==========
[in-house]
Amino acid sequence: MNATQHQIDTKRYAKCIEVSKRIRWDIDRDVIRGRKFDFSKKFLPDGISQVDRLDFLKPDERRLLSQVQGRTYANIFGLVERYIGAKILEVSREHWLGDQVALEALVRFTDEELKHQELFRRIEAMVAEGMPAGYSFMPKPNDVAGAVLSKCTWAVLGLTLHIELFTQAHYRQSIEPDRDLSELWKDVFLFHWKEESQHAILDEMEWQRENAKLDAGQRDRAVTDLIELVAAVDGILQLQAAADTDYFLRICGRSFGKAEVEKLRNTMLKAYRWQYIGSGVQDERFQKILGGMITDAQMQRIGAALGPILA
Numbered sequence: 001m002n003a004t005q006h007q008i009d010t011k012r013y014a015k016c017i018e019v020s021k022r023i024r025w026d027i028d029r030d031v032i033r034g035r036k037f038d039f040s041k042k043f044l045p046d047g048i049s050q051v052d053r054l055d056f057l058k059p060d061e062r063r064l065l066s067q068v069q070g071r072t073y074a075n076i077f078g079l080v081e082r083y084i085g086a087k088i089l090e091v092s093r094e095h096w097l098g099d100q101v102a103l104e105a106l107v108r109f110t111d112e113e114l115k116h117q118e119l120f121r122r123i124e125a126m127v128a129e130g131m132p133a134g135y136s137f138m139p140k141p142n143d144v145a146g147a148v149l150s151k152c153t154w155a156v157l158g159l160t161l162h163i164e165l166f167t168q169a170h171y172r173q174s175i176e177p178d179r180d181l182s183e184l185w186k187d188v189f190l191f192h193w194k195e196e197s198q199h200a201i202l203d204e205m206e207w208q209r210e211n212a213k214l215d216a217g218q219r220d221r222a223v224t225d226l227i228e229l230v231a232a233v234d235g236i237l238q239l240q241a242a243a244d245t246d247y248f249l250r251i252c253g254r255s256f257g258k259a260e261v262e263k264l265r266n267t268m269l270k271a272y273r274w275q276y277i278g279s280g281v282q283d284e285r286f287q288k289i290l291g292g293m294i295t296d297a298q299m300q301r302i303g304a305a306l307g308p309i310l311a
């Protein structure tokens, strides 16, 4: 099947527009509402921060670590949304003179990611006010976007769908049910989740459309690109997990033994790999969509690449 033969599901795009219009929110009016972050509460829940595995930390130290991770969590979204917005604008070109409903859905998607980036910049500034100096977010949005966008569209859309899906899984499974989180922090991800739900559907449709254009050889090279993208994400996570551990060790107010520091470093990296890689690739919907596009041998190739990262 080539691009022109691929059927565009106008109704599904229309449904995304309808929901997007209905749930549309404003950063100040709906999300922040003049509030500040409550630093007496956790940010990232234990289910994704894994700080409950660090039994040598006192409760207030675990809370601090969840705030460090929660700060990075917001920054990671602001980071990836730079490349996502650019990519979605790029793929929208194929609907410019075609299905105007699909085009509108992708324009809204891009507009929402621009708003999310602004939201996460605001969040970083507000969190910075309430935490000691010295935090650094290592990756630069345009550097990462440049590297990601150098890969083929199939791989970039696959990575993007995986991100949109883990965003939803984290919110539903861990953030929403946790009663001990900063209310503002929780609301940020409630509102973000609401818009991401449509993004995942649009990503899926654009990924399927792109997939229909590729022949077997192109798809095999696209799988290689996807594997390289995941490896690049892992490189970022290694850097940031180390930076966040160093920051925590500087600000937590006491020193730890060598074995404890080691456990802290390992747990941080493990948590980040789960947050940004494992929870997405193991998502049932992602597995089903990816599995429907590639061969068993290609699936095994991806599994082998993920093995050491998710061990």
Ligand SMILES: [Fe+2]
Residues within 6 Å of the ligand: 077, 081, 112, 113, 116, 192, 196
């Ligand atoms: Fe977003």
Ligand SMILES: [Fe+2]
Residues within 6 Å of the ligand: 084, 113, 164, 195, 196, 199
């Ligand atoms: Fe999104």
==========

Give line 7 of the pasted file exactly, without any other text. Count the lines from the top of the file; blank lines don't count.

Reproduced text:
């Ligand atoms: Fe977003």